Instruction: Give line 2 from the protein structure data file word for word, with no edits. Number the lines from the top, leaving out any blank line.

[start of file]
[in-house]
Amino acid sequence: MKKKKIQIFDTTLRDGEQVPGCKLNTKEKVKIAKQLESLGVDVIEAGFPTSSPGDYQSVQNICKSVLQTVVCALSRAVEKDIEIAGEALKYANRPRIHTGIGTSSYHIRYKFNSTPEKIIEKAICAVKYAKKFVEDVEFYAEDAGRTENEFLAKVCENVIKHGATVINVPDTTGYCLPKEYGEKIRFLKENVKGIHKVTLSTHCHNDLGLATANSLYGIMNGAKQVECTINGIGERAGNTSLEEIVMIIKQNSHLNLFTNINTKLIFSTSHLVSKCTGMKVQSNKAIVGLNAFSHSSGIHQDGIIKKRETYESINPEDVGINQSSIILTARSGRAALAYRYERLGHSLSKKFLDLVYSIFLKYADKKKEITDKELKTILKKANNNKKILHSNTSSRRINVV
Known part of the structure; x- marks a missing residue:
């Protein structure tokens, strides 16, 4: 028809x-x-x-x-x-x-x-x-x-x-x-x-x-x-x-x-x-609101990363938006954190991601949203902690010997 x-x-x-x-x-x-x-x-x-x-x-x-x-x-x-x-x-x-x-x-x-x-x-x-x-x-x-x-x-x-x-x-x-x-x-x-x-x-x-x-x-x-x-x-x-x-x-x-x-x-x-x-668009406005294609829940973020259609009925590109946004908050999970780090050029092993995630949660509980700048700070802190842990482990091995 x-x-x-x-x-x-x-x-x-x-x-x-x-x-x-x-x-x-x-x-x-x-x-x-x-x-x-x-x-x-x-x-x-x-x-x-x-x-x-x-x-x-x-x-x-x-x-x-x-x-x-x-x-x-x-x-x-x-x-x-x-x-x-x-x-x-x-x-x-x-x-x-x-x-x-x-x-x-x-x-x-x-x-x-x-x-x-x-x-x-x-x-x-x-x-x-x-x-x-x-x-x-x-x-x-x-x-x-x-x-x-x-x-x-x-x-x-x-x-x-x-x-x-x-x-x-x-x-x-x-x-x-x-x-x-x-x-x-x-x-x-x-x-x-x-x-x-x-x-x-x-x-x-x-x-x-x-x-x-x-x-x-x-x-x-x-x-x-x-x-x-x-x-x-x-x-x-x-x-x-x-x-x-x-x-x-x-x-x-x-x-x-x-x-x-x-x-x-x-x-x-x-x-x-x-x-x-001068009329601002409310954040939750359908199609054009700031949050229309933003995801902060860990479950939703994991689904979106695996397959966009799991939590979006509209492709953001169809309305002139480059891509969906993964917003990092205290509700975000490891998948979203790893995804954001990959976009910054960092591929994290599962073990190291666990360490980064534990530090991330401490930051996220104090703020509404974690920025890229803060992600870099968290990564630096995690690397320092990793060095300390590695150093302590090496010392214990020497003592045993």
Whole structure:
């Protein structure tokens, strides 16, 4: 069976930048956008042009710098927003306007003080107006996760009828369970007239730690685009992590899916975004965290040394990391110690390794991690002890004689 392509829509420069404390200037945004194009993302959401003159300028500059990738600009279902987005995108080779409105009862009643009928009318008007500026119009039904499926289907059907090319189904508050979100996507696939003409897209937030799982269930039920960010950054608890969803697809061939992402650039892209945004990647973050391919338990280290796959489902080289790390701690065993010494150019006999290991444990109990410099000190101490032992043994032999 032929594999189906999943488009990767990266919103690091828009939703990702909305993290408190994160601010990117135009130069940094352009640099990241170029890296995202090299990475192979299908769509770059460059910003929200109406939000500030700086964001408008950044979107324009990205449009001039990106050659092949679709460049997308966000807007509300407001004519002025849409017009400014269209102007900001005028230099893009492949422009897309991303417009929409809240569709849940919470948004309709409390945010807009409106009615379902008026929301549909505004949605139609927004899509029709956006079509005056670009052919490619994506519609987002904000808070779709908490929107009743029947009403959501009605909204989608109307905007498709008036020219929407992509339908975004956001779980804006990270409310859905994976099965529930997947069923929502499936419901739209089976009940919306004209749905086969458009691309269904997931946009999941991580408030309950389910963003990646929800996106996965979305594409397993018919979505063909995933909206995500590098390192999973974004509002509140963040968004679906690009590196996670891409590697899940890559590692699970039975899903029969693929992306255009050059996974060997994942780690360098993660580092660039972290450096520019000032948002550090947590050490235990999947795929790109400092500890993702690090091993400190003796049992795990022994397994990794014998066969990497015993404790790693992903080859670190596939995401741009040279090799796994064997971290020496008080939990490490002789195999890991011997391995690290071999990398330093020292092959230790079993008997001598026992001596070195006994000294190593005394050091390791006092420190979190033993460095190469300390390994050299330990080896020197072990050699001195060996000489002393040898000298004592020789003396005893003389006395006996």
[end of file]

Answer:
Amino acid sequence: MKKKKIQIFDTTLRDGEQVPGCKLNTKEKVKIAKQLESLGVDVIEAGFPTSSPGDYQSVQNICKSVLQTVVCALSRAVEKDIEIAGEALKYANRPRIHTGIGTSSYHIRYKFNSTPEKIIEKAICAVKYAKKFVEDVEFYAEDAGRTENEFLAKVCENVIKHGATVINVPDTTGYCLPKEYGEKIRFLKENVKGIHKVTLSTHCHNDLGLATANSLYGIMNGAKQVECTINGIGERAGNTSLEEIVMIIKQNSHLNLFTNINTKLIFSTSHLVSKCTGMKVQSNKAIVGLNAFSHSSGIHQDGIIKKRETYESINPEDVGINQSSIILTARSGRAALAYRYERLGHSLSKKFLDLVYSIFLKYADKKKEITDKELKTILKKANNNKKILHSNTSSRRINVV